In keeping with my allegation that the Clinton-Obama race, like the entire race for President, is actually extraordinarily more boring than the Press is willing to admit, I denounce the efforts by particularly highminded members of the MSM to insist that anyone trying to pop this bubble is an irresponsible and unprofessional hack. And I despise the putative highbrows who maintain that the most egregious possible variety of such hackery is denying that Hillary Clinton has any sane hope of capturing the nomination without staging a bloody Denver coup.
Enter Jonathan Chait:
Eric Boehlert of Media Matters believes that Hillary Clinton "does have a chance to win." That's his right, though I think any close analysis that goes beyond magical thinking or mere assertion shows that this remains near-impossible. Rather than actually try to make the case for why Clinton has a good chance to win, though, Boehlert instead argues that opinion columnists like me have no right to argue otherwise [....]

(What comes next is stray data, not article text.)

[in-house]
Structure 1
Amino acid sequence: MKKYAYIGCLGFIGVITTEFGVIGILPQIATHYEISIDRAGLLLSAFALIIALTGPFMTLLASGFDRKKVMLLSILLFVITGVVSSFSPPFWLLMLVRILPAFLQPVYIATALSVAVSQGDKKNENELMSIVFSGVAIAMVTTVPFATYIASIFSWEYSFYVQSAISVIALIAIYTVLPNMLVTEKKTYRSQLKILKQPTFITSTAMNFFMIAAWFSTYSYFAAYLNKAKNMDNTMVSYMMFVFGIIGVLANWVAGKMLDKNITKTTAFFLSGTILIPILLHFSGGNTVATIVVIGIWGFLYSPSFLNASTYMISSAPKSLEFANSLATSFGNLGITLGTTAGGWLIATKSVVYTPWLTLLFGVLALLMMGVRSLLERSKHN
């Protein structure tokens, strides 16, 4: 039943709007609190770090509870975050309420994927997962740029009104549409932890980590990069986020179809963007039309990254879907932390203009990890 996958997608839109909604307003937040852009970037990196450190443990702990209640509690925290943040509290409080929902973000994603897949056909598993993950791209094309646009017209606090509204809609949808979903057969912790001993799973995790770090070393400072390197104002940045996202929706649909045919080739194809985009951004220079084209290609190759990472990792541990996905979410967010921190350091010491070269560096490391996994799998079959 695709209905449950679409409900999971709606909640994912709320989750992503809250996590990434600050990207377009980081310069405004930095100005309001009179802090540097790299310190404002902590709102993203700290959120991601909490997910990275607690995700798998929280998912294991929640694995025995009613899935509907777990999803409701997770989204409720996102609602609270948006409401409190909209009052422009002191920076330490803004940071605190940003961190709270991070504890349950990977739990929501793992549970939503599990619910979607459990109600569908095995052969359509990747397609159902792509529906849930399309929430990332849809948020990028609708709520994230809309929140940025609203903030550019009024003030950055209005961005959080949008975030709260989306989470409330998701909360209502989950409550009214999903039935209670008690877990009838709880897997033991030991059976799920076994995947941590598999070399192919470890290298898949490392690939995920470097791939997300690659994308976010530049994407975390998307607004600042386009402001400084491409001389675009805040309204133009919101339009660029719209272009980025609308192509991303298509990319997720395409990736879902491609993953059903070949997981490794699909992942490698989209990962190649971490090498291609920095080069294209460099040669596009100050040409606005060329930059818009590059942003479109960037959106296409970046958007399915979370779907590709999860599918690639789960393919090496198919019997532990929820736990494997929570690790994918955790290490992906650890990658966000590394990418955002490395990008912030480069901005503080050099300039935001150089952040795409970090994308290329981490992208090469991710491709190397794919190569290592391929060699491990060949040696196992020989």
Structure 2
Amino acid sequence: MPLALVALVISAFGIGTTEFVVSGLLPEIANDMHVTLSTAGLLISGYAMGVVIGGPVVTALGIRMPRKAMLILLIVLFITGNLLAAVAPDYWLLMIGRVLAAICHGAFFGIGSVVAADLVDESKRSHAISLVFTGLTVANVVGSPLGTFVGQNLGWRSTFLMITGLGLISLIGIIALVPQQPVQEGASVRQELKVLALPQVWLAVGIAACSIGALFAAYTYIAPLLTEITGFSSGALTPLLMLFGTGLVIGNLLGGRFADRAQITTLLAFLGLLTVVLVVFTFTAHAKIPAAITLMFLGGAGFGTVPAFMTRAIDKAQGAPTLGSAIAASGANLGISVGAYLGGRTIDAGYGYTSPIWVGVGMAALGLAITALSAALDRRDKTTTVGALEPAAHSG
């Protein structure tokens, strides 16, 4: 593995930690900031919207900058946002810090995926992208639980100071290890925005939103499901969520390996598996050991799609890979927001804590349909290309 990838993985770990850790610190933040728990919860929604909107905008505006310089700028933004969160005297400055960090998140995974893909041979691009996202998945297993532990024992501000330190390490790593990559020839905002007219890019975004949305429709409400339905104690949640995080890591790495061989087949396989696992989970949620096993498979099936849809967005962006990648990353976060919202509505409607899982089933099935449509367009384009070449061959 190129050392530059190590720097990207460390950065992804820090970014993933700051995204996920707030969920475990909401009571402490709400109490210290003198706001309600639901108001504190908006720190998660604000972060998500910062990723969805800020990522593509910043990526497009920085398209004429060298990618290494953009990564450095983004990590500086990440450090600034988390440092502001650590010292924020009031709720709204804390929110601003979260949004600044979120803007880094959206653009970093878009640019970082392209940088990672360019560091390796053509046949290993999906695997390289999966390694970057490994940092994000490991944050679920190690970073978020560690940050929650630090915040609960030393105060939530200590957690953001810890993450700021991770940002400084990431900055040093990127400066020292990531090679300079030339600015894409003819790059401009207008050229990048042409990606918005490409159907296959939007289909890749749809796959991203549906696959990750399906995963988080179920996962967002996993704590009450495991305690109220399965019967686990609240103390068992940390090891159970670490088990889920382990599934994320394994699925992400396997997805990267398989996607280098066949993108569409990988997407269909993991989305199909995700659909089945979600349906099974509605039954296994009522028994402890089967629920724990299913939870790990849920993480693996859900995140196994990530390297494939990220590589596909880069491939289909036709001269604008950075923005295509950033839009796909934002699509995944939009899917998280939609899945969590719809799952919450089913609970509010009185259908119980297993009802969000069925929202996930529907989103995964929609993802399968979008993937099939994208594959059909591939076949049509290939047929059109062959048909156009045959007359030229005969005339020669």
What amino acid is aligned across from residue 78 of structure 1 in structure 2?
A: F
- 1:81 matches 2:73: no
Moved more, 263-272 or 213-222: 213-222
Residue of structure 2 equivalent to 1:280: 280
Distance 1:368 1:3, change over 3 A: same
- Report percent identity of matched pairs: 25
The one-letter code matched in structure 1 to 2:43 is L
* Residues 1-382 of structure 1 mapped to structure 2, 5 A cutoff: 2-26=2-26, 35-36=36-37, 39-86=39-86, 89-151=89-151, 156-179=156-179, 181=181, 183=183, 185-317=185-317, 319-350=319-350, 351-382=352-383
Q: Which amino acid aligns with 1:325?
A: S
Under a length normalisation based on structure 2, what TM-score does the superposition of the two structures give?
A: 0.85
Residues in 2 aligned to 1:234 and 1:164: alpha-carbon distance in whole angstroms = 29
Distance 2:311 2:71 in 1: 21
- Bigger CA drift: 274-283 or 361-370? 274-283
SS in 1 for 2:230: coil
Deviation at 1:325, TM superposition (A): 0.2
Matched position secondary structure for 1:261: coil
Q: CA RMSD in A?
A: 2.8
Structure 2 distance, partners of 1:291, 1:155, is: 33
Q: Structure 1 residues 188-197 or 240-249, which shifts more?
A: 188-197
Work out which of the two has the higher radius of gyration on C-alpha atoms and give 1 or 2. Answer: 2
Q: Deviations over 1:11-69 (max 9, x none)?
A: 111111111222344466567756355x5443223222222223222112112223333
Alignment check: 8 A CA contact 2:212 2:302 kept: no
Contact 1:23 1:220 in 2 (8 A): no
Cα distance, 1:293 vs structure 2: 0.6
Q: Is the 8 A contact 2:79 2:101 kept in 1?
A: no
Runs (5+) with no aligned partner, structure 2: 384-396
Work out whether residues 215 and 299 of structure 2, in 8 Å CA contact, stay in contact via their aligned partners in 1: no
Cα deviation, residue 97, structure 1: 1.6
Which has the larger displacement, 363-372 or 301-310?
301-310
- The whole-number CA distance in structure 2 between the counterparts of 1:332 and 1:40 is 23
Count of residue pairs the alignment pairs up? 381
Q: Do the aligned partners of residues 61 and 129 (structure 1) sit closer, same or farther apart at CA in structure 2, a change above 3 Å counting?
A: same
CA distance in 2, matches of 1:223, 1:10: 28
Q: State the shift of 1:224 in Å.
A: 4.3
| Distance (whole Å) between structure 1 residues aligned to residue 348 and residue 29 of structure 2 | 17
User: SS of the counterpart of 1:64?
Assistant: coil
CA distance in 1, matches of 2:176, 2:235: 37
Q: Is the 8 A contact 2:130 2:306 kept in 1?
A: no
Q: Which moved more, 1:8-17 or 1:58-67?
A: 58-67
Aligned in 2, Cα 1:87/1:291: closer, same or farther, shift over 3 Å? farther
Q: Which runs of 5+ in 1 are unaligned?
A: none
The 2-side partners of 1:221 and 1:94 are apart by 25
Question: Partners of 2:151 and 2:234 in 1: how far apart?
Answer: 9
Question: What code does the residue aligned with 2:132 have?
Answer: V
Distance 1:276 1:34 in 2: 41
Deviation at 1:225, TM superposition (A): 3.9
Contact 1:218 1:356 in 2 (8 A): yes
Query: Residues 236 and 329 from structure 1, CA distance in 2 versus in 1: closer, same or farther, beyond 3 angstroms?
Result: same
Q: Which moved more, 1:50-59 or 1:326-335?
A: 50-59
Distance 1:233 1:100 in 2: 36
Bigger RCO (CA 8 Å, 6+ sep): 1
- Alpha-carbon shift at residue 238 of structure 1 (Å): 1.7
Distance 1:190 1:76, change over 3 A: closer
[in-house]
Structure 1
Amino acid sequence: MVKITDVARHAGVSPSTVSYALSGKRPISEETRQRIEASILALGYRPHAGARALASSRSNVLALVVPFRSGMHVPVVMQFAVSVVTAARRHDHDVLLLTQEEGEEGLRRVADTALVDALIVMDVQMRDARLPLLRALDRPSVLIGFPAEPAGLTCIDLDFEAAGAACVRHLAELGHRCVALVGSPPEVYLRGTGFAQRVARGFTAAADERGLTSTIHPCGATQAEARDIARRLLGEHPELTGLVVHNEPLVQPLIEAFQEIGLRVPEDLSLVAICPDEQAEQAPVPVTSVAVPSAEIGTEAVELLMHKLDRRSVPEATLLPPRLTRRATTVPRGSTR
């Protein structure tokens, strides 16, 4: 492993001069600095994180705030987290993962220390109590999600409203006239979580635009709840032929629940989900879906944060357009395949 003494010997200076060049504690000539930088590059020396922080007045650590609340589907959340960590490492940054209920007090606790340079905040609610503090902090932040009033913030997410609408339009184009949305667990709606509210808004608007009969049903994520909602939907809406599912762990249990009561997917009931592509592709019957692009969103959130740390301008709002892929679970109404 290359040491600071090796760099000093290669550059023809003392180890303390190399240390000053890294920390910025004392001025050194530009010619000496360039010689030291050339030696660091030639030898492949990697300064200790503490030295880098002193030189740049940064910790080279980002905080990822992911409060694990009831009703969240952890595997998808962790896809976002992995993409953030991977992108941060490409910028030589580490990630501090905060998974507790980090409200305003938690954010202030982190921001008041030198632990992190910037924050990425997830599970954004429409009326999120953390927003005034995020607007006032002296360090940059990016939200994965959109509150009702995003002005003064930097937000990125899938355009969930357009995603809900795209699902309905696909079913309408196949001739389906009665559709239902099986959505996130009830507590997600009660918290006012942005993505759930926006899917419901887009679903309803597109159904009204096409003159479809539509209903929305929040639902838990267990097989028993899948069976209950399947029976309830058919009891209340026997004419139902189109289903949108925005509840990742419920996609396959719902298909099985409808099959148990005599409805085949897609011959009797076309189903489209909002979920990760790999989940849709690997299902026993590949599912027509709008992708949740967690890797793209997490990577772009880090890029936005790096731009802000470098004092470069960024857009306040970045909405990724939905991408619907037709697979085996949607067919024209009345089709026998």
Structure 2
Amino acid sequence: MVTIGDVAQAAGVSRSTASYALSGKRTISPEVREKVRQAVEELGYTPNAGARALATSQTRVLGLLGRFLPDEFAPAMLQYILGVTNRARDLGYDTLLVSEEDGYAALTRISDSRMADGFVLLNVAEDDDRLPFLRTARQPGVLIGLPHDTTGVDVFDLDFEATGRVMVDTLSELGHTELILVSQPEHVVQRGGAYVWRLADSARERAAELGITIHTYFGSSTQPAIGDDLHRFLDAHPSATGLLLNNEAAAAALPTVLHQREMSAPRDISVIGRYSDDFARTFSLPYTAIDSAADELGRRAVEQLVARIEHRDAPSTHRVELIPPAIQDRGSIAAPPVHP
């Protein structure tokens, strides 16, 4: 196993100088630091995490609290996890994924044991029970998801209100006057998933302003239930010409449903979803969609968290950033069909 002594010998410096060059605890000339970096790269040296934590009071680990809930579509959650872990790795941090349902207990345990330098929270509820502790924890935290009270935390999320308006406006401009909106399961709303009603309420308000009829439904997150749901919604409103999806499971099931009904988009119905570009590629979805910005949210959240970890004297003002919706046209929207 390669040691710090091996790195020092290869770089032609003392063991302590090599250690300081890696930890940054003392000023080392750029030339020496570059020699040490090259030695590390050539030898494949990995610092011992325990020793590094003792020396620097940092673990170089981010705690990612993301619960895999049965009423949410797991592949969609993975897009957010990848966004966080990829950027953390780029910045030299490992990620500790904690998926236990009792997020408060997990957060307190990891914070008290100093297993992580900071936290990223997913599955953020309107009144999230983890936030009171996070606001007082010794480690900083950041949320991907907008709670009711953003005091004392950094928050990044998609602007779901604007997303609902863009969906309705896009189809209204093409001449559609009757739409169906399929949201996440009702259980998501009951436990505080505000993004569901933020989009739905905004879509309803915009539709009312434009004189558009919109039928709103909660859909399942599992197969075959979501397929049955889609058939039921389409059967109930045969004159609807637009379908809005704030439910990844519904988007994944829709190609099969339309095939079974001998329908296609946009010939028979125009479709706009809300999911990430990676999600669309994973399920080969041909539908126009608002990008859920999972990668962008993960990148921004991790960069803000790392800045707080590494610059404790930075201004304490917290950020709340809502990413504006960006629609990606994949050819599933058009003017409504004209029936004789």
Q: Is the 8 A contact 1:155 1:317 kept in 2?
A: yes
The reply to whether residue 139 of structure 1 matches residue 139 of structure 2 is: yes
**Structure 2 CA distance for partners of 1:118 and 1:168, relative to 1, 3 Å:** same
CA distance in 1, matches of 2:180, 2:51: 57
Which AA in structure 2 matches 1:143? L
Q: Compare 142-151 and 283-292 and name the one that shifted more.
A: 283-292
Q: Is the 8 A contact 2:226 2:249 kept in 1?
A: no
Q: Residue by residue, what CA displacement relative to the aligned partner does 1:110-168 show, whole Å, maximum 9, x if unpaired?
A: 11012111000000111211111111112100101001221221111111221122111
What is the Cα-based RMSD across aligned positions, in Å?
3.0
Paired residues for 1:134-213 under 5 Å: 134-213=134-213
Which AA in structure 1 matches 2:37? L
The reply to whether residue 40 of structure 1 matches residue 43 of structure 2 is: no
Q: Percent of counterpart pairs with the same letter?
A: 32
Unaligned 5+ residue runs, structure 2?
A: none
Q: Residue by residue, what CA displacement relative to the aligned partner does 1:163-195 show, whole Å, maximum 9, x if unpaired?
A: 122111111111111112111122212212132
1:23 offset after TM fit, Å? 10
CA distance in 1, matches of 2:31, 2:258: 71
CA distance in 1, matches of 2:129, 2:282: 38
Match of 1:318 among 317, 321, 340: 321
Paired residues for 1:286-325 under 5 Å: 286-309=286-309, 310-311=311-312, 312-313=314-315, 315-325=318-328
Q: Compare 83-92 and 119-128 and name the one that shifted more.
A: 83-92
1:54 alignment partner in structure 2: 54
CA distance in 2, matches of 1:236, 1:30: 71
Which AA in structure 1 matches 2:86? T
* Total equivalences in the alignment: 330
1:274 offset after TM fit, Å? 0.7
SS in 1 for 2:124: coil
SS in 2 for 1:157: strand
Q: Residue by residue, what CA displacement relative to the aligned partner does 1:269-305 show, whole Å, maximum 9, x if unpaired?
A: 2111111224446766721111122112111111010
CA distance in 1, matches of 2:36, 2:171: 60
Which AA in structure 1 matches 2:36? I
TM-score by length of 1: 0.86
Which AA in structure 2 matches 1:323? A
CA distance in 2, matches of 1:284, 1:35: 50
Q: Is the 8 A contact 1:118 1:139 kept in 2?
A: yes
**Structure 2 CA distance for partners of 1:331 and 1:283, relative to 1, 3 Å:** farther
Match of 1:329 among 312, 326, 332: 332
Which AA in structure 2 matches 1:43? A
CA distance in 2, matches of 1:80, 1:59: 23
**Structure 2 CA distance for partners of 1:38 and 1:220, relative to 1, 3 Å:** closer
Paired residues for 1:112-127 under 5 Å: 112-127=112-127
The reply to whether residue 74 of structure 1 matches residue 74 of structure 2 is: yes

I'm liberal, and I often write blog posts. I agree that this does not exactly make me a "liberal blogger," but why do they get a pundit license on this topic but not me? Would it be okay if, instead of publishing my columns about the state of the race in The New Republic, I emailed them to liberal bloggers for publication on their sites?
I realize that Media Matters is an authority on the subject of journalistic ethics, so I won't try to question Boehlert's impartial verdict. I would, however, appreciate a list of other opinions it would be unethical for me to advocate in print.
I for one support Mr. Chait's right to press freedom, and the right of all journalists to pronounce Hillary Clinton's campaign for the presidential nomination of the Democratic party an act of information blindness and existentialist onanism. If anyone can design and supply a .jpg logo to this effect, I will proudly post it.